Now go we in content
"Now go we in content
To liberty, and not to banishment."
Celia speaks these words to her cousin and good friend,
Rosalind, as they prepare to be "banished" from the court to the
country. In this satirical glimpse of pastoral life, brothers are
pitted against brothers, and are exiled to the Forest of Arden.
Orlando, younger brother of Oliver, wishes to receive his share of
the inheritance of their late father. Oliver does not want to give
it to him and instead arranges for Orlando's murder. Orlando
decides to leave for the Forest of Arden. Meanwhile, Duke Frederick
(who rules the country in which Orlando and Oliver live) has taken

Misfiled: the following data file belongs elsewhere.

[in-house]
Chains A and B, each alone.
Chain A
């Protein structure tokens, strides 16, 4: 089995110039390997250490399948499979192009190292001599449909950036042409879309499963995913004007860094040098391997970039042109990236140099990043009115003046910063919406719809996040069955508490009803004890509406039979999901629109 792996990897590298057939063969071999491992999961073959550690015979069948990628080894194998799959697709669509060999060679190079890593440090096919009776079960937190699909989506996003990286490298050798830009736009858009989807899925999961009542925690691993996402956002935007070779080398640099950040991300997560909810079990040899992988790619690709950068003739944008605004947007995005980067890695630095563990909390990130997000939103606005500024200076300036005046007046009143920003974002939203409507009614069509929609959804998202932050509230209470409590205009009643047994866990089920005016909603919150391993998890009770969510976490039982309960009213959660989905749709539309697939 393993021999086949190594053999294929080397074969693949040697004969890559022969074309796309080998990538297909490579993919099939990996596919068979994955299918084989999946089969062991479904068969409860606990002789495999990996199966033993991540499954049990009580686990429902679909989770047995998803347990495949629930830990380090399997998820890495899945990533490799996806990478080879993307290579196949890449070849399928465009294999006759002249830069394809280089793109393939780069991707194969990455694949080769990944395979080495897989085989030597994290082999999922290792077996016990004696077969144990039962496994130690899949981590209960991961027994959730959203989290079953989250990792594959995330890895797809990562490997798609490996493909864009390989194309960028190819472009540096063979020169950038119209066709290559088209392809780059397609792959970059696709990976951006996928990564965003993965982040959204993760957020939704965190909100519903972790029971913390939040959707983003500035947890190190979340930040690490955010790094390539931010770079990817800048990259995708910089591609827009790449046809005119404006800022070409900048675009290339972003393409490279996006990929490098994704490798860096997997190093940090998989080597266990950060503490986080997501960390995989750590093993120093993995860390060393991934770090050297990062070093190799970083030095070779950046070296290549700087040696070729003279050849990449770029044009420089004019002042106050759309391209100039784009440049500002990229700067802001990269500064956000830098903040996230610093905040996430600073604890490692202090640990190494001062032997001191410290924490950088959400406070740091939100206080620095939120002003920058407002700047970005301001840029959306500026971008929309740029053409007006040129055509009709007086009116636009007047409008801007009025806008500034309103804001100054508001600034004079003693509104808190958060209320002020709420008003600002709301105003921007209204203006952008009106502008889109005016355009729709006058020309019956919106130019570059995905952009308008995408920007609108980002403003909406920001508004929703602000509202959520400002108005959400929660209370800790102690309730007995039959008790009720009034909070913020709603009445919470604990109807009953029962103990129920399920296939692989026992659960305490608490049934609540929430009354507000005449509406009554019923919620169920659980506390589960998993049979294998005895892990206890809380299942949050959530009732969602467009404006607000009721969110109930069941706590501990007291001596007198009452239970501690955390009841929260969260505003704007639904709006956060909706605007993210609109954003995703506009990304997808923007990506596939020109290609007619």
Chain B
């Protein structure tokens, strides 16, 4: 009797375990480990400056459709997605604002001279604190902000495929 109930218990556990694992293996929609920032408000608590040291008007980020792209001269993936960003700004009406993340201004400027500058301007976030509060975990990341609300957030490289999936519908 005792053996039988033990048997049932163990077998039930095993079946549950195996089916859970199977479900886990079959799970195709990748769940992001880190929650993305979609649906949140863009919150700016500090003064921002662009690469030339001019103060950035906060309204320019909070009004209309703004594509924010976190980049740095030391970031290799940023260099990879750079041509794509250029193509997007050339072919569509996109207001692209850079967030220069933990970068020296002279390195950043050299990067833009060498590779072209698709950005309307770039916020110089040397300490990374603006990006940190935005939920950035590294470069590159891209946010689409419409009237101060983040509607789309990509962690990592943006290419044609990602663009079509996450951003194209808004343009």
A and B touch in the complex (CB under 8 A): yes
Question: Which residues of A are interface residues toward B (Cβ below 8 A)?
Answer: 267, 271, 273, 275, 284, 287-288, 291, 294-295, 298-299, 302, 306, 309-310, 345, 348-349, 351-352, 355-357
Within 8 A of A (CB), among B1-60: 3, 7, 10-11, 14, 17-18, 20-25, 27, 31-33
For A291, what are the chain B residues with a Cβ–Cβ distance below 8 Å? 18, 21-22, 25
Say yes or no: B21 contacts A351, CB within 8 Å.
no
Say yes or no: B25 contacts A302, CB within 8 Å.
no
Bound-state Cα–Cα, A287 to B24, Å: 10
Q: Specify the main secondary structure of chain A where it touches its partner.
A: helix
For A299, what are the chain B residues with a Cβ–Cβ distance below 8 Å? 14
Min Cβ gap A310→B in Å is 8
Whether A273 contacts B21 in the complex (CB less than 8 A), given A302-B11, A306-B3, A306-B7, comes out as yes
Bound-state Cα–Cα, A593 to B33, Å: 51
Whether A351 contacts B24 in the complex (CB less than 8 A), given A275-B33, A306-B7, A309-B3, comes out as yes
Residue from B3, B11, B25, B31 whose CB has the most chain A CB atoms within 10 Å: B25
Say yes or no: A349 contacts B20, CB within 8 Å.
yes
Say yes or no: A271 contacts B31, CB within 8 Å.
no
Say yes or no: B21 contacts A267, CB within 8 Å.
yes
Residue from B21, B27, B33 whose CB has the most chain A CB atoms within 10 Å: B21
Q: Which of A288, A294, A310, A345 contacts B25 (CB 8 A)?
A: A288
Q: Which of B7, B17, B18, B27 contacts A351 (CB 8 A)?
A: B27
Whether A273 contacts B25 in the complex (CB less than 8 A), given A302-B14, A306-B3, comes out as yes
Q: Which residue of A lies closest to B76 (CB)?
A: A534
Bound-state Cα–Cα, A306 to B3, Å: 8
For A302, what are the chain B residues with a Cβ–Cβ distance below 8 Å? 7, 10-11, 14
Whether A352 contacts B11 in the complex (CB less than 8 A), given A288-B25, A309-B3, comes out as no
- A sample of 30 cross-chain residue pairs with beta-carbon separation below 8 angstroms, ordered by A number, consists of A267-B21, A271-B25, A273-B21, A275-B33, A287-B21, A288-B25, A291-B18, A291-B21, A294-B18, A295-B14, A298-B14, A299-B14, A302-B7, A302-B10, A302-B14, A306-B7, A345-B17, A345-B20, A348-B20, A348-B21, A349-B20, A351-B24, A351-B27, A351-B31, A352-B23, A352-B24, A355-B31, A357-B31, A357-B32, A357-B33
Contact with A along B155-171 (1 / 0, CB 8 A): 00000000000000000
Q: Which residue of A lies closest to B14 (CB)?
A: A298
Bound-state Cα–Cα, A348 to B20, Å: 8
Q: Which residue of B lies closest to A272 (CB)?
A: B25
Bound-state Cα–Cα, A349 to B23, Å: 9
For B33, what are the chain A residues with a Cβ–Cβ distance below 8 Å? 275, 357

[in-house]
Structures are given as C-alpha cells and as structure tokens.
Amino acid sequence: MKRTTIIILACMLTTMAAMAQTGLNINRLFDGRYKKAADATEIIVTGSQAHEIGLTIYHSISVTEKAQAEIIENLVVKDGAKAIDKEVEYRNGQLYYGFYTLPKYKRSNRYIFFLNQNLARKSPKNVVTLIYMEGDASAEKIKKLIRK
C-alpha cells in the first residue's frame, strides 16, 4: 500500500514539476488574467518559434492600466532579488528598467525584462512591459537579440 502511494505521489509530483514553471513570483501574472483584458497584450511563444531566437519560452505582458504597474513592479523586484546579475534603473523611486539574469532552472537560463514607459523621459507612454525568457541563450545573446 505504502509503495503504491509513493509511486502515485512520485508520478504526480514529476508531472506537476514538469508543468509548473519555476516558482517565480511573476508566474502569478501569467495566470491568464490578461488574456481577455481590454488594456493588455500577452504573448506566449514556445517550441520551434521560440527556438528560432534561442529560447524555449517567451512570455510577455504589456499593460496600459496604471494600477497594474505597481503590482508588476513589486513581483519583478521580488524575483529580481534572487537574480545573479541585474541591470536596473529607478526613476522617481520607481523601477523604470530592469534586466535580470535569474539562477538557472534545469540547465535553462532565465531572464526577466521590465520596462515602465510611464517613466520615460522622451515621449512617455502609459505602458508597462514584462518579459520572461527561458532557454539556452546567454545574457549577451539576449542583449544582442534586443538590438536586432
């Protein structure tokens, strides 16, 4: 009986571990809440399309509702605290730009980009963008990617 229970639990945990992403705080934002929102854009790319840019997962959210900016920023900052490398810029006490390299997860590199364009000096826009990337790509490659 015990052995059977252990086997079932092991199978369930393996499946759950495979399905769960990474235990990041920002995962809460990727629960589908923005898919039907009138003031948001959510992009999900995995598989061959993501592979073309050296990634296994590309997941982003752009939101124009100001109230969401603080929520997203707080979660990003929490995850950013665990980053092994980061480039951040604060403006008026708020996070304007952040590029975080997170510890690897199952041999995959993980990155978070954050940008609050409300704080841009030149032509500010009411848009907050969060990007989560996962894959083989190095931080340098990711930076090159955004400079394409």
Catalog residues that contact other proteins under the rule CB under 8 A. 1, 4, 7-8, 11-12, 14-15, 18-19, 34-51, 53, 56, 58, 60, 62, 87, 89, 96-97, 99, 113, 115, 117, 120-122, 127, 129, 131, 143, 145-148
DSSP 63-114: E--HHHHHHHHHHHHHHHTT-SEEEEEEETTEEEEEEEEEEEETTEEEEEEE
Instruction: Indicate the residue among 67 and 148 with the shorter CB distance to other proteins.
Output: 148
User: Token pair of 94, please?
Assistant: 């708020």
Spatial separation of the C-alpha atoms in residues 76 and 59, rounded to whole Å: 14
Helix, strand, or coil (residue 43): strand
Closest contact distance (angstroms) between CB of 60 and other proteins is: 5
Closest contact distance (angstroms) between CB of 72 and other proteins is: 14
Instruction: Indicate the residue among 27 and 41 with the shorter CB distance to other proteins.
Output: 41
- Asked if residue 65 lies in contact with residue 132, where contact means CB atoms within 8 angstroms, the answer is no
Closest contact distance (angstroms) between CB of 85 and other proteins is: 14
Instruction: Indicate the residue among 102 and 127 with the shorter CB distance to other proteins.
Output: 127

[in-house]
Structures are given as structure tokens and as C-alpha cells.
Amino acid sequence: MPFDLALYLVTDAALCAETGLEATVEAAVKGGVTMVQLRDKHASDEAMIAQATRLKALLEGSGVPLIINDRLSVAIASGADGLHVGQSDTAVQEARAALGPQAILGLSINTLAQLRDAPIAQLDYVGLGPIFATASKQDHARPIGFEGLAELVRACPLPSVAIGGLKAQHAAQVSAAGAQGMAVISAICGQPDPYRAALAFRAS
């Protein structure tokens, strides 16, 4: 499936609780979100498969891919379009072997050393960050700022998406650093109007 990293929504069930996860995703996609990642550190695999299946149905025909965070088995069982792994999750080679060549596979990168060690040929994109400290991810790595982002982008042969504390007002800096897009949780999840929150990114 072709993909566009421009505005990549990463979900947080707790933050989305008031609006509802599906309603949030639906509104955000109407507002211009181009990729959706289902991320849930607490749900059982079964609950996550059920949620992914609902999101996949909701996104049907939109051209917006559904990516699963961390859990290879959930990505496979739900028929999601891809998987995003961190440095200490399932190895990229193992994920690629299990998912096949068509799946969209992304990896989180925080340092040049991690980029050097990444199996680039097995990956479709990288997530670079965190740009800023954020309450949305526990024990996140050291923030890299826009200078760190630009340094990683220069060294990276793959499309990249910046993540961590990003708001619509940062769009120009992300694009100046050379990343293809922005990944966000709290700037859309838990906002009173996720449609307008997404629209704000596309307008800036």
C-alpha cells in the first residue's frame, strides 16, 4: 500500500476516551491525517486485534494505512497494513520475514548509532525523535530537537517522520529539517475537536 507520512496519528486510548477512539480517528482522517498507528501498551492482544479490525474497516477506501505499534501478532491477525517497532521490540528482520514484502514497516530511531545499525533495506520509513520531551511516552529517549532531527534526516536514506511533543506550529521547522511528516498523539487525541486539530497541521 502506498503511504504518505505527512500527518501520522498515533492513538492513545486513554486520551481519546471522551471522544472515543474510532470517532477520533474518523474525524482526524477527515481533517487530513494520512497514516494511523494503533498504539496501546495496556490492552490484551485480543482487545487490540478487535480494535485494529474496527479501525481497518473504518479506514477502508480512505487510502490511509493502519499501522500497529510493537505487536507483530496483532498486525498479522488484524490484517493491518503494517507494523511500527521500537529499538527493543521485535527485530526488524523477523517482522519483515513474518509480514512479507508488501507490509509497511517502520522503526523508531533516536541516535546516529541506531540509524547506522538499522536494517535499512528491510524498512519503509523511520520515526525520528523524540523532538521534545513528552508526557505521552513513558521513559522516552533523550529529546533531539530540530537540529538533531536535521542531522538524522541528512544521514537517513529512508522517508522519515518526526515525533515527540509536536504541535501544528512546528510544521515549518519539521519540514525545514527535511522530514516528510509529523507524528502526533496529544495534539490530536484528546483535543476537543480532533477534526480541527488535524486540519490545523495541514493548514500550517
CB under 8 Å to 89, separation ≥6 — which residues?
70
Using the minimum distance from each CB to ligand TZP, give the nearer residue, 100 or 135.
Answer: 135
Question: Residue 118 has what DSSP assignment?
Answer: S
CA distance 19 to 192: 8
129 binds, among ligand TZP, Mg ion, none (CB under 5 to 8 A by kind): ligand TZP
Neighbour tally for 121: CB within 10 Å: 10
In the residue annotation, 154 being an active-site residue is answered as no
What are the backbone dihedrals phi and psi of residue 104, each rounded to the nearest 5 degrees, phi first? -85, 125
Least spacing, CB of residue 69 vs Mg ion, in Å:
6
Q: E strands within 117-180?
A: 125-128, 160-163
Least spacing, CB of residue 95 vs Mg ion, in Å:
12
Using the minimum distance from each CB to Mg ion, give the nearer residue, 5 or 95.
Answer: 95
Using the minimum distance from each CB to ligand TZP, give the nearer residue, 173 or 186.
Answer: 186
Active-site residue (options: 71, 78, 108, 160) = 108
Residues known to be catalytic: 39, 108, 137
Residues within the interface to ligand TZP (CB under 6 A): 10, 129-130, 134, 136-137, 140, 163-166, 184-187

the throne of his brother, Duke Senior, and banished the latter to
Arden. The daughters of Duke Frederick and Duke Senior (Celia and
Rosalind, respectively) are good friends, and they too decide to
travel to the Forest of Arden together, Celia makes this remark,
which reflects that the forest represents more a sense of freedom
from the tense jealousies of the court than actual banishment.